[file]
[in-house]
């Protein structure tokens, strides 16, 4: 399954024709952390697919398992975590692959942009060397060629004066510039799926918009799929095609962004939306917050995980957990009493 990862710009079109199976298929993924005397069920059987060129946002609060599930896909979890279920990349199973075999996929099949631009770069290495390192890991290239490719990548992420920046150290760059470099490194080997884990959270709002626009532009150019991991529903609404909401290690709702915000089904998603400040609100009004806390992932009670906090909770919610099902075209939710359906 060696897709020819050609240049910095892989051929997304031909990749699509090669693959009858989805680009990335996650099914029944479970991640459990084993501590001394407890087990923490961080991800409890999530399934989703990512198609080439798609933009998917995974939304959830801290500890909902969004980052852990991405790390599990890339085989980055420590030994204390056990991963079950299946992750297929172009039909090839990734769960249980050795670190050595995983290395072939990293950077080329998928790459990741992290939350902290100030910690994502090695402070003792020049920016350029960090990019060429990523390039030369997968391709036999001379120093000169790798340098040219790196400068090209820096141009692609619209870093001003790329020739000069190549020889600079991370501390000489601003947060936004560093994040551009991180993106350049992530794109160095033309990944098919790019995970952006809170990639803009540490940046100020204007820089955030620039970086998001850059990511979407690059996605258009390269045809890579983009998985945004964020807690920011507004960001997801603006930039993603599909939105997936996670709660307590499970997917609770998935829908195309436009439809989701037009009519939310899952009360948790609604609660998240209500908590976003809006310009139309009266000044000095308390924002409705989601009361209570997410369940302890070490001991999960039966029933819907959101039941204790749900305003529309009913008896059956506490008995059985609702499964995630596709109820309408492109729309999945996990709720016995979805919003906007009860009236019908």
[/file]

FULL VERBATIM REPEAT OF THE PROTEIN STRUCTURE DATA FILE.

[in-house]
């Protein structure tokens, strides 16, 4: 399954024709952390697919398992975590692959942009060397060629004066510039799926918009799929095609962004939306917050995980957990009493 990862710009079109199976298929993924005397069920059987060129946002609060599930896909979890279920990349199973075999996929099949631009770069290495390192890991290239490719990548992420920046150290760059470099490194080997884990959270709002626009532009150019991991529903609404909401290690709702915000089904998603400040609100009004806390992932009670906090909770919610099902075209939710359906 060696897709020819050609240049910095892989051929997304031909990749699509090669693959009858989805680009990335996650099914029944479970991640459990084993501590001394407890087990923490961080991800409890999530399934989703990512198609080439798609933009998917995974939304959830801290500890909902969004980052852990991405790390599990890339085989980055420590030994204390056990991963079950299946992750297929172009039909090839990734769960249980050795670190050595995983290395072939990293950077080329998928790459990741992290939350902290100030910690994502090695402070003792020049920016350029960090990019060429990523390039030369997968391709036999001379120093000169790798340098040219790196400068090209820096141009692609619209870093001003790329020739000069190549020889600079991370501390000489601003947060936004560093994040551009991180993106350049992530794109160095033309990944098919790019995970952006809170990639803009540490940046100020204007820089955030620039970086998001850059990511979407690059996605258009390269045809890579983009998985945004964020807690920011507004960001997801603006930039993603599909939105997936996670709660307590499970997917609770998935829908195309436009439809989701037009009519939310899952009360948790609604609660998240209500908590976003809006310009139309009266000044000095308390924002409705989601009361209570997410369940302890070490001991999960039966029933819907959101039941204790749900305003529309009913008896059956506490008995059985609702499964995630596709109820309408492109729309999945996990709720016995979805919003906007009860009236019908």